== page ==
One of the biggest challenges to people suffering from hearing loss is simply catching it. While late-stage hearing loss can be obvious, many people suffer from hearing loss without ever noticing it. Unfortunately, untreated hearing loss can have many side effects that lower your quality of life. If you think you or a loved one could be suffering from hearing loss but aren’t sure, take a look at the below symptoms and see if they sound familiar.
Common Symptoms of Hearing Loss
One major sign of hearing problems is having difficulty in conversation and social settings. However, depending on the circumstances these signs can also be hard to catch. Some common social problems for people with hearing difficulties are:
- Difficulty following conversations between other people or talking with others in noisy environments like malls, restaurants, or meeting rooms.
- Often asking people to repeat themselves or misunderstanding what they say.
- Focusing intently on reading lips, or having trouble understanding what people say when they aren’t directly facing you.
Trouble with Certain Sounds
Another common symptom of hearing loss is having trouble hearing or noticing particular sounds. Often hearing loss happens in higher frequencies first, but since lower frequency sounds are still easy to hear many people don’t notice the reduction in their hearing. This can lead to a number of problems, such as:
- Difficulty hearing high-frequency noises like people with higher voices or high-pitched sounds like phones ringing, whistles, or beeps.
- Trouble hearing softer noises such as a faucet dripping in another room or people calling from far away.
Trouble with Technology
Because speakers and devices transmit sound differently than people’s voices, many people with early hearing loss start experiencing problems with technology before they have problems in person. Some of the most common technological problems people with hearing loss encounter are:
- Having trouble hearing or understanding people on the phone.
- Not noticing the phone ringing or hearing notifications on your cell phone.
- Needing to raise the volume on the television, phone, or radio frequently, or being told by others often that you listen to these at an uncomfortable volume.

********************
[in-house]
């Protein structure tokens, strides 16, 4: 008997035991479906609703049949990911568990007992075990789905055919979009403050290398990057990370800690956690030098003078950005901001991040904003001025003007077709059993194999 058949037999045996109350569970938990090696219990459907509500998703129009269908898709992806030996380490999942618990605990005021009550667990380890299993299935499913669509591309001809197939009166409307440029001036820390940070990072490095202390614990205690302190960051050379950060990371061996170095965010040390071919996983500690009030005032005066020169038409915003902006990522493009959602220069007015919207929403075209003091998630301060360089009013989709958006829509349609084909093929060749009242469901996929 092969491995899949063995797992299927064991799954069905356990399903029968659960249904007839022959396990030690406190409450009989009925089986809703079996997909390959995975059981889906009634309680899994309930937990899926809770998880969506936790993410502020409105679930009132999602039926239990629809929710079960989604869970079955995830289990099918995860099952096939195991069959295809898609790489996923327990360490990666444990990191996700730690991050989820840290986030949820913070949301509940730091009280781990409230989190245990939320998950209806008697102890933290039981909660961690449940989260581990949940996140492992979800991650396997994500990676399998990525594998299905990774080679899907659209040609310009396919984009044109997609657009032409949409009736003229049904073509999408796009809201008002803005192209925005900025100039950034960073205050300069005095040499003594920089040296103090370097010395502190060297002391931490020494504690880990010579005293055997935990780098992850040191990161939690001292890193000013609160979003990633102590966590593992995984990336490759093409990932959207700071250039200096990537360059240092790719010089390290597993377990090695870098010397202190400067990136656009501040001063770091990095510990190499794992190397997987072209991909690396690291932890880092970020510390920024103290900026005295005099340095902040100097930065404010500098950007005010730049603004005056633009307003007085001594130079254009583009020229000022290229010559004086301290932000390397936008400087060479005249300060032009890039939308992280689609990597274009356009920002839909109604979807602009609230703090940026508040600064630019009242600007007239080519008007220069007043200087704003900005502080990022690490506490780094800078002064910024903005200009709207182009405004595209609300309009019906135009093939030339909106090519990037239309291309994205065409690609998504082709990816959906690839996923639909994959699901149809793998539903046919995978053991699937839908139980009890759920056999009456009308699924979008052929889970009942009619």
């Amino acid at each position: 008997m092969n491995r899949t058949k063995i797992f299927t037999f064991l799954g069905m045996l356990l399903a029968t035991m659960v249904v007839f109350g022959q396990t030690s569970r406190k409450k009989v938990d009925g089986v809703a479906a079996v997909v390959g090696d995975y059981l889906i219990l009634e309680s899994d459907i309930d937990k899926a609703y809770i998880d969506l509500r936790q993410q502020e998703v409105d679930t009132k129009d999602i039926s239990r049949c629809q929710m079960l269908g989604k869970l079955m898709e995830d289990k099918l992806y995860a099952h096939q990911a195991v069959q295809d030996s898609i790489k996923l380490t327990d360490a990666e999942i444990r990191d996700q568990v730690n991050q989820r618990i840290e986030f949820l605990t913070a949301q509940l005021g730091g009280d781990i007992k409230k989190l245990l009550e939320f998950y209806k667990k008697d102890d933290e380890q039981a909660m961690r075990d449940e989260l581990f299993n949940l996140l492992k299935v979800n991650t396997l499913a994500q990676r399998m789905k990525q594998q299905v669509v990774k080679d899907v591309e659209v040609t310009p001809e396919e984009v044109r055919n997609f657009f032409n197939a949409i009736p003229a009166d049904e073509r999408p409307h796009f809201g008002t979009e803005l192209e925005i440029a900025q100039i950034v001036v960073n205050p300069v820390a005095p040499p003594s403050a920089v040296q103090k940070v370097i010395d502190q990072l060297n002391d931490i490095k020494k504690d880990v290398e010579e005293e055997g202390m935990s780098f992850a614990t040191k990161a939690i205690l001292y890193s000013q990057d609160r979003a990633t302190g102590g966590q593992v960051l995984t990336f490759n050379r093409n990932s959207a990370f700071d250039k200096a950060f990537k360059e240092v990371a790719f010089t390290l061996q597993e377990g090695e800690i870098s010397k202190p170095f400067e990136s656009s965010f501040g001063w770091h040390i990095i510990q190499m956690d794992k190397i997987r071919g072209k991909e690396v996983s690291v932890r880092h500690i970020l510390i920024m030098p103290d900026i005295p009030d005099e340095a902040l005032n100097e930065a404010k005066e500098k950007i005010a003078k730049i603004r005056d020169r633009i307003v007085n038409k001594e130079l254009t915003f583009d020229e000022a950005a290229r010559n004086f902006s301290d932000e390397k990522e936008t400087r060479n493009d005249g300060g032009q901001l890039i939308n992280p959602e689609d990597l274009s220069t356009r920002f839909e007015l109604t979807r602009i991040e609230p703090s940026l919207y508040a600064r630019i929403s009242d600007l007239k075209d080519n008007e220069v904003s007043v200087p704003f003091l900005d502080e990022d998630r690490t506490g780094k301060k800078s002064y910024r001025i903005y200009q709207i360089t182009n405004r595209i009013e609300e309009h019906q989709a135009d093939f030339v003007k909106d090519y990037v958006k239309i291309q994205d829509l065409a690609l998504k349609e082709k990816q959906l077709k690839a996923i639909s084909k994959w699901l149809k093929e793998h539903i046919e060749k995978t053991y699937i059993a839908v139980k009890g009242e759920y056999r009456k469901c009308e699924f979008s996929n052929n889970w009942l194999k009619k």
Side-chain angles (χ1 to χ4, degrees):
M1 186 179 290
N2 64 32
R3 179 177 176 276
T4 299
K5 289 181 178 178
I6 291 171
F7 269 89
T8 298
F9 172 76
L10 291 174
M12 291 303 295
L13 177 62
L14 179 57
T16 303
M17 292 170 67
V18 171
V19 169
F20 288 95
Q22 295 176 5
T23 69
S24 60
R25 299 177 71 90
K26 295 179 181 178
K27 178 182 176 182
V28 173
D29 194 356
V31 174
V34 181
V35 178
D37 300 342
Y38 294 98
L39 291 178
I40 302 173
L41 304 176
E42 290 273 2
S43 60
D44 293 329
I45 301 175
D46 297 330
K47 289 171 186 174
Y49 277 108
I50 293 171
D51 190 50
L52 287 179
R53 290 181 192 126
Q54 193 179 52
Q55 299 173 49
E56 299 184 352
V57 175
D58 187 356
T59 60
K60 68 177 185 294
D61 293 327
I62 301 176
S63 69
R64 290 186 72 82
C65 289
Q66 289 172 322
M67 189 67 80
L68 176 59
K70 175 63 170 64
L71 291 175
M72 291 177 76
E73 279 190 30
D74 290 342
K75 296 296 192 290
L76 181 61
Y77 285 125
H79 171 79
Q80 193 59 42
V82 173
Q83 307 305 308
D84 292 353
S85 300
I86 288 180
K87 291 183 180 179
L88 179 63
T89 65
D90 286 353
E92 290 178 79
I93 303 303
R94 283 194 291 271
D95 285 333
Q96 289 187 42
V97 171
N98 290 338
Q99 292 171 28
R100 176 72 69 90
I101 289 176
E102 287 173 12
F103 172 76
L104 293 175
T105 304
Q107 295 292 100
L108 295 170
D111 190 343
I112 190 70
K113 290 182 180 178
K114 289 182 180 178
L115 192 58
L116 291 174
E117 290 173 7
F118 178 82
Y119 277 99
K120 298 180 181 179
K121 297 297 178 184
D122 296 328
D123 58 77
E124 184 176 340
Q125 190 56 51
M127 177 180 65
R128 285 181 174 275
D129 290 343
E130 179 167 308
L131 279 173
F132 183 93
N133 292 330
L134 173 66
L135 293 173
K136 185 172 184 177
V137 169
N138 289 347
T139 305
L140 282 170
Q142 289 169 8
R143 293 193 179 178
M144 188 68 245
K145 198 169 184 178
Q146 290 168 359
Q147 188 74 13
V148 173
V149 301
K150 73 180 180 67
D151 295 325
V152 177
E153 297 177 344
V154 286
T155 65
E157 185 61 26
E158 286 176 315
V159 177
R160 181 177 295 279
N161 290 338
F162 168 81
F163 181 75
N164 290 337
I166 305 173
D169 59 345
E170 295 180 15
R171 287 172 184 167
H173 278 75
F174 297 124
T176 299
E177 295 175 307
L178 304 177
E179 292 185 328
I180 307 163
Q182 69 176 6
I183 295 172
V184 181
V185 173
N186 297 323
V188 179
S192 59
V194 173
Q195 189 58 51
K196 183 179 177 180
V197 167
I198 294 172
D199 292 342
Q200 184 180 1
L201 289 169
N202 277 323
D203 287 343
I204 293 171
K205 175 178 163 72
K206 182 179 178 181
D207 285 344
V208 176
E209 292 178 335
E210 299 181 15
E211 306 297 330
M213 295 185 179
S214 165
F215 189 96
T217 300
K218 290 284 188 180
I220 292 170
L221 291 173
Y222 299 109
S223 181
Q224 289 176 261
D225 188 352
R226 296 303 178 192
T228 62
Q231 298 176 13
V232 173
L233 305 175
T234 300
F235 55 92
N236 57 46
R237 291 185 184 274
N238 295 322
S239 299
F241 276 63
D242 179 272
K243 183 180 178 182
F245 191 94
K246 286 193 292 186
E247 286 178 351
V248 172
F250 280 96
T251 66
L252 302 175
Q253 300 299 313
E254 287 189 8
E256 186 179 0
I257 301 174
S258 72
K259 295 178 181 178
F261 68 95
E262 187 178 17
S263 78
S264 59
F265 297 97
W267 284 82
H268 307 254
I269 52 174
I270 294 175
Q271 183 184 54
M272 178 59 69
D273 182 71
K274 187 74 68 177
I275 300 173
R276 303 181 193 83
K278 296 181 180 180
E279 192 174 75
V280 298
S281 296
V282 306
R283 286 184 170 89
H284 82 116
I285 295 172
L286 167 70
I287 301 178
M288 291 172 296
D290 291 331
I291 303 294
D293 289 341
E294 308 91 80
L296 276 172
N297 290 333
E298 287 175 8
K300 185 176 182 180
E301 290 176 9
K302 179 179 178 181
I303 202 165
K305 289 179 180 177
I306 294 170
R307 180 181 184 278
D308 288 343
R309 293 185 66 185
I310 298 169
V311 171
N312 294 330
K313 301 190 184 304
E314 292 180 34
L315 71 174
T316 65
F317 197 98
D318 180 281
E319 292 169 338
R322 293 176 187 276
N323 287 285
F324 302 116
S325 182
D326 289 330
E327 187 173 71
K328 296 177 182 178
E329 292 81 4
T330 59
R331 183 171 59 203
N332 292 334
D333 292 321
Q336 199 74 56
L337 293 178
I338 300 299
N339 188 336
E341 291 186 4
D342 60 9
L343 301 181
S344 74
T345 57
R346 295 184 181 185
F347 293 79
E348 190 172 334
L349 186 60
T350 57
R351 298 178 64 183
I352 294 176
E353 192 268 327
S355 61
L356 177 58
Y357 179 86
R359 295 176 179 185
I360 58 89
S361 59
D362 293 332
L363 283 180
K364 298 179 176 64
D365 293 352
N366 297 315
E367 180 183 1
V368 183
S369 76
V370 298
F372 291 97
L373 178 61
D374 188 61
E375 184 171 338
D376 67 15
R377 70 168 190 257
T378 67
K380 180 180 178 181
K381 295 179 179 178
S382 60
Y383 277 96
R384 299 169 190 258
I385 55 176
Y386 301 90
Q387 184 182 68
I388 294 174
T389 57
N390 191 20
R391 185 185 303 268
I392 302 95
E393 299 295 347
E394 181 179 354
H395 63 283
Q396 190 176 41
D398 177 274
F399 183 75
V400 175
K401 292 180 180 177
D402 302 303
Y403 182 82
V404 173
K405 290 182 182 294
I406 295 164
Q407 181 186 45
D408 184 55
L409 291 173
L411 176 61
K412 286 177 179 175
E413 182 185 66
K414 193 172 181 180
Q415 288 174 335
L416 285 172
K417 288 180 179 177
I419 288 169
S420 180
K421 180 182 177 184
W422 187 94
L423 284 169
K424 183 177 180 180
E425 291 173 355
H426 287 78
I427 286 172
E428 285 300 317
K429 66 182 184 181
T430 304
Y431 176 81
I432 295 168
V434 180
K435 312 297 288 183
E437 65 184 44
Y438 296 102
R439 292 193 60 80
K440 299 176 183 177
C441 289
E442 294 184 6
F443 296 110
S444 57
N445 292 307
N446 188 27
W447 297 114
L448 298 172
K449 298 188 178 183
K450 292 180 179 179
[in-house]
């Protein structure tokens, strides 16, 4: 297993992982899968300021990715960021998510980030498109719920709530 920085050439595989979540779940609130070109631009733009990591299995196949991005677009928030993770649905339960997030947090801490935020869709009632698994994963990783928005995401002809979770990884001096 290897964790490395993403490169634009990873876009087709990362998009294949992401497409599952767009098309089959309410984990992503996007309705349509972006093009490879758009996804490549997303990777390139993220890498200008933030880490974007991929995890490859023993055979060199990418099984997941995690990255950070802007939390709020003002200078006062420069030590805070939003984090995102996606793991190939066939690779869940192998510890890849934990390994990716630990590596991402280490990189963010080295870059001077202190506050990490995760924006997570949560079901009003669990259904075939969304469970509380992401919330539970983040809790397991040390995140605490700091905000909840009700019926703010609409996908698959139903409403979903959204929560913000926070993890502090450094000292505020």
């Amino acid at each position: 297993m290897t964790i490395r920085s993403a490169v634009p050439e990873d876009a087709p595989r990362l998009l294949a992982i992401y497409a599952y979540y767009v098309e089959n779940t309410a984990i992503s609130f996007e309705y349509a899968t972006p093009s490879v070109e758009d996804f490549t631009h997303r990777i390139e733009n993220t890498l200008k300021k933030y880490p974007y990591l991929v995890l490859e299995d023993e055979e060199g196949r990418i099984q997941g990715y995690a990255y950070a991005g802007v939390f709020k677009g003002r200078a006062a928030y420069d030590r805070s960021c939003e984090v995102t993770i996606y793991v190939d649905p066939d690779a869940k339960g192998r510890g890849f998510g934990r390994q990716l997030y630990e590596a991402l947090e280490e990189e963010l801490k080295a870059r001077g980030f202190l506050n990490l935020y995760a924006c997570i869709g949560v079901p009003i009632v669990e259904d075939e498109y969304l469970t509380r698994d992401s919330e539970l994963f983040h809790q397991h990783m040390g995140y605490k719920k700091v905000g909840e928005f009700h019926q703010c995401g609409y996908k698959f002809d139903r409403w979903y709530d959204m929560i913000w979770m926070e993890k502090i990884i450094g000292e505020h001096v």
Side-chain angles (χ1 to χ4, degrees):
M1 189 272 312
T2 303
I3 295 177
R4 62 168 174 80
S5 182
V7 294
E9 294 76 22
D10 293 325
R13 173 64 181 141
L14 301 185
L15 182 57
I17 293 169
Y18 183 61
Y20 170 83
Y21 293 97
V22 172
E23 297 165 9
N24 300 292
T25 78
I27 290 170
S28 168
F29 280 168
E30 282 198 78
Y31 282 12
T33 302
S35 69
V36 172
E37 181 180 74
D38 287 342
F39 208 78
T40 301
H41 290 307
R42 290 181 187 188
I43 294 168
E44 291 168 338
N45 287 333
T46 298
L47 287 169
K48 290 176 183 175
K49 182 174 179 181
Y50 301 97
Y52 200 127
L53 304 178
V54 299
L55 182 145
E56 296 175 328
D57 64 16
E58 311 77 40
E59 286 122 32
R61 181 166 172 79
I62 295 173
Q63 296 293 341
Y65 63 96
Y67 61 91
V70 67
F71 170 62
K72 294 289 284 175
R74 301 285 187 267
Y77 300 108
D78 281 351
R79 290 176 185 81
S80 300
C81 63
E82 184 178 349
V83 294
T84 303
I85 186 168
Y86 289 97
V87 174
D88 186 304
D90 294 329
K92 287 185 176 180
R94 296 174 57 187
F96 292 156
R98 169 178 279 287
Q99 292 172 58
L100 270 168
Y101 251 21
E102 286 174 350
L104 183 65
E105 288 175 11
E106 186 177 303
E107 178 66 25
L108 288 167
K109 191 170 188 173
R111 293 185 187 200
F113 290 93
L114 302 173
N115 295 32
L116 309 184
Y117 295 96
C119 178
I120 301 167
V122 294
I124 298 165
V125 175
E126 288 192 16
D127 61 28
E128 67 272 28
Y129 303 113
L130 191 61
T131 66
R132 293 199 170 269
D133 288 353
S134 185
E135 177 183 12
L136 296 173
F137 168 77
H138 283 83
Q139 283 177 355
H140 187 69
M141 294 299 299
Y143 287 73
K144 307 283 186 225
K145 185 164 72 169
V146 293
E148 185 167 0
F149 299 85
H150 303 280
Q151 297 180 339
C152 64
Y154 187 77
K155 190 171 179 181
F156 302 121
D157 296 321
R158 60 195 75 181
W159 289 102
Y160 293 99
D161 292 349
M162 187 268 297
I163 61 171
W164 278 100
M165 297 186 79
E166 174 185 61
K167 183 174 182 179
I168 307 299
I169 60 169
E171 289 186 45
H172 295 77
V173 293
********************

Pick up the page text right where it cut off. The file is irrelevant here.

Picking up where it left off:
Not all the signs and symptoms of hearing loss are physical. People often experience mental side effects from hearing loss as well. These mental symptoms can take many forms and affect people differently depending on the type and severity of their hearing loss. Here are a few of the most common mental side effects from hearing loss:
- Feeling stressed, nervous, or anxious when in social situations because of problems hearing or understanding people.
- Feeling tired or mentally strained after conversations due to the increased mental effort of listening to others.
- Suffering from embarrassment or shyness in social situations and conversations due to trouble understanding people.
- Withdrawing from social situations or finding yourself not enjoying things you did previously such as music, movies, or group events.
Finally, there are symptoms and signs of hearing loss that can stem from other medical conditions. If you take certain medications or suffer from any of several conditions, you should keep a close eye on your hearing as well. It’s very possible your existing health conditions could result in hearing loss as well. Some of the main conditions to be aware of are:
- A family history of hearing loss or hearing aid use.
- Having any condition that affects your circulation or thyroid, or having a family history of circulatory or thyroid problems.
- Having diabetes or heart disease.
- Taking any medication known to cause hearing damage or hearing loss (commonly called ototoxic medications or drugs).
What to Do If You Have Hearing Loss Symptoms
If you think you might be suffering from any of the above symptoms, there are a few steps you should take.
First, find an audiologist or hearing doctor to give you a hearing test. Getting a professional hearing evaluation is essential for diagnosing and treating hearing problems. A trained audiologist will be able to test your hearing and devise a plan for how to compensate for any loss you may have.
After your hearing test, your audiologist will discuss the results with you and tell you if you need hearing aids. He or she may also suggest lifestyle changes to help improve your hearing. If you do need hearing aids, your audiologist may also allow you to try several models or even fit you for a hearing aid immediately.
If you think you could be suffering from hearing loss and want to take the first step towards recovery, visit the Oklahoma Hearing Center today. Our 5 OKC metro locations as well os our Ardmore audiology clinic can help you on the road to better hearing. Call (405) 546-4280 or visit us on Facebook to learn more about what we can do for you.